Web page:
School refusal in teens is often related to other issues such as anxiety and depression. School refusal can mean added stress to your child, you, and your family as a whole. The term “school refusal” is by no means referring to a child whining or complaining about how much they are dreading a long school day. It is much more intense than that. School refusal is known as “school phobia” and the product of separation anxiety. When anxiety or depression becomes severe enough it can lead to children missing days to weeks of school. In return, this can hinder their ability to develop important skills and progress academically like their peers.
Signs of School Refusal
Here are some signs you should not ignore in your child that may indicate school refusal related to underlying mental issues:
- Frequent physical complaints such as headaches, stomachaches, chest pains, muscle pains, feeling dizzy or feeling exhausted
- Regular trips to the school nurse for no real medical reason
- Illnesses on test days or days when students need to present oral reports
- Frequent requests to call home
- Difficulty getting out of bed in the morning
- Refusal to engage with peers or participate in social activities
Help make school the happening place
Unfortunately, there is no quick fix to ending school refusal in teens. You may notice small improvements over time, which is all you can ask for. Holiday breaks, summer, or actual illness can interrupt your success and cause minor setbacks. With these things, we have to adjust accordingly. Below are some tips for improving the school refusal situation:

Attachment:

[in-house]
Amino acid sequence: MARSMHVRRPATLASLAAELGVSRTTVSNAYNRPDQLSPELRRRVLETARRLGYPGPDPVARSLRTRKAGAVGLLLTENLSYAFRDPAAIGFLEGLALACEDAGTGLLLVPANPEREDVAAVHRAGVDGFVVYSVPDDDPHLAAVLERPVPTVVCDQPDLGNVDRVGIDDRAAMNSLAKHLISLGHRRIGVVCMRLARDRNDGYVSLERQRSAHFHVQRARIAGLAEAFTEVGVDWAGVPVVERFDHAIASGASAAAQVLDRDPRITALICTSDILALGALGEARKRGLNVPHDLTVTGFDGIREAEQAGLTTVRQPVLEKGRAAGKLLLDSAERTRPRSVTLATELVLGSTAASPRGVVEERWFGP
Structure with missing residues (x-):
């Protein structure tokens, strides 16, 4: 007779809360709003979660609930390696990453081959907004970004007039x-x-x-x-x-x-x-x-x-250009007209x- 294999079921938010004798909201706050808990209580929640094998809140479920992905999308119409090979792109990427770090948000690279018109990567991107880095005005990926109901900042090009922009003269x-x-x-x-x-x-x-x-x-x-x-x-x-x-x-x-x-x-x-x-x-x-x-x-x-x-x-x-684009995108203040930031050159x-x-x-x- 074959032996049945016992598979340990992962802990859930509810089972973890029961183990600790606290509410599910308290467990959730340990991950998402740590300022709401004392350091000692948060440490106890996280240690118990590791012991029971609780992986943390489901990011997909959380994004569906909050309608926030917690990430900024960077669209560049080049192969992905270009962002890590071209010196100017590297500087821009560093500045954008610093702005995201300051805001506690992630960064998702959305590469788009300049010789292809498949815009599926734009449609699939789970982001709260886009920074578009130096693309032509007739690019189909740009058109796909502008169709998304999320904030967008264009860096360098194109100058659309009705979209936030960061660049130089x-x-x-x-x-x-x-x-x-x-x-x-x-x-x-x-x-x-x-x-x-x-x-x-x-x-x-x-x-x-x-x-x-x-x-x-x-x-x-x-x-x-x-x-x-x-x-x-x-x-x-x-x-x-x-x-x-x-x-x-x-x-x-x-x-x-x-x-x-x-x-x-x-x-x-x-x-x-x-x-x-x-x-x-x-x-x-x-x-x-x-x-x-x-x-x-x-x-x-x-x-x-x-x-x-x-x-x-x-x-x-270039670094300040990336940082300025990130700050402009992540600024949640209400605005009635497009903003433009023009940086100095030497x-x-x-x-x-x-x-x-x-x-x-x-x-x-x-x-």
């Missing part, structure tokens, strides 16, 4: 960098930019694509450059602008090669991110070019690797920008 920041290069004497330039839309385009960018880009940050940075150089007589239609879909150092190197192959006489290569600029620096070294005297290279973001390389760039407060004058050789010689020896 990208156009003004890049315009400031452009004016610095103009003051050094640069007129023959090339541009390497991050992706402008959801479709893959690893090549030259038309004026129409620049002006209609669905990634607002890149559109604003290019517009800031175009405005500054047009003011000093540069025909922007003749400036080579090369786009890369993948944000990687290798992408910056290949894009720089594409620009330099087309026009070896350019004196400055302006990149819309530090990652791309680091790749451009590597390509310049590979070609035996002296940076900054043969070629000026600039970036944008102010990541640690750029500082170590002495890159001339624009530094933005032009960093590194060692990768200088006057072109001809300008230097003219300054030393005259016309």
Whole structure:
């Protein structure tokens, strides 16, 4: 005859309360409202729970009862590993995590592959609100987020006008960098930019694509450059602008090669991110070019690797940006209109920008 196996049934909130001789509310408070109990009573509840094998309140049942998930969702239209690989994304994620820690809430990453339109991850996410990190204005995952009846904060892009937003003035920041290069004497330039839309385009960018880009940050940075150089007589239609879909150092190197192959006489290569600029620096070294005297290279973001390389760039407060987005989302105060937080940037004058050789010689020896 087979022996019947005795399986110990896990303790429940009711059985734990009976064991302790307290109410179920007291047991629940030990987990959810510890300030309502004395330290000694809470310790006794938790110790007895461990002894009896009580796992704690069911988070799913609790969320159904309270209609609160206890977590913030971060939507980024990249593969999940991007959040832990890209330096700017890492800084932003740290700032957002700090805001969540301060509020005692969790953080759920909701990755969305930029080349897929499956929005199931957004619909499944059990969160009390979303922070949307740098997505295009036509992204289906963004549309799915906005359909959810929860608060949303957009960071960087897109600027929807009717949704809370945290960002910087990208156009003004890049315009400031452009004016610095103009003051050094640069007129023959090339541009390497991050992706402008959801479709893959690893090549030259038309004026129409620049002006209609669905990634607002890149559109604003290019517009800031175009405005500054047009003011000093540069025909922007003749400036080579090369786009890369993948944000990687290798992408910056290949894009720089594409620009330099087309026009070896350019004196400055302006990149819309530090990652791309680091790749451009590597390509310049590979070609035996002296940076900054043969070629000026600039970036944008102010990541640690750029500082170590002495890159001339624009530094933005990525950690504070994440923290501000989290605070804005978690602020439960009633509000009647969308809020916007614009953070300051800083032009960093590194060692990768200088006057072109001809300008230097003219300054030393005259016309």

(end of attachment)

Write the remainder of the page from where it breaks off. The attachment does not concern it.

- Assess: The most important step is to seek a comprehensive medical and psychological evaluation. Given that school refusal is generally related to an underlying anxiety or depressive disorder, it’s important to get to the root of the problem and start there.
- Work on relaxation: This is essential for children struggling with anxiety. Deep breathing, guided imagery, and mindfulness are all relaxation strategies that kids can practice at home and apply at school. This benefits them long-term, teaching them to manage and cope with anxiety and overwhelmed feelings.
- Prepare a plan: Partner with your child’s school and come up with a plan for them. Younger children might benefit from arriving early and helping the teacher in the classroom or helping at the front desk. The plan also includes contingencies to help the student during anxious moments throughout the day (i.e., using fidget toys, taking a brain break to color, a walk outside with a teacher’s aide, etc.). No child is alike, so experiment and find what works for yours.
- Set structure and routine. Anxious children benefit from predictable home routines. Avoid over-scheduling, as this can increase stress for anxious kids, and put specific morning and evening routines in place.
- Get the snooze on. Sleep deprivation can stimulate symptoms of anxiety and depression. Enforce a regular sleep schedule in your child’s life and stick to it.
Asheville Academy can help
Asheville Academy is a therapeutic boarding school for young girls ages 10-14 who struggle with life’s demands. These struggles can be indicated by school refusal, anxiety, aggression, and trust issues. This program uses a therapeutic model to address these issues and provide proper help and guidance to students. They will learn how to manage emotions, communicate effectively, and to follow rules and expectations. Students leave Asheville Academy feeling empowered, confident, and capable of handling and coping with life’s demands. We can help your family today!
Contact us at 800-264-8709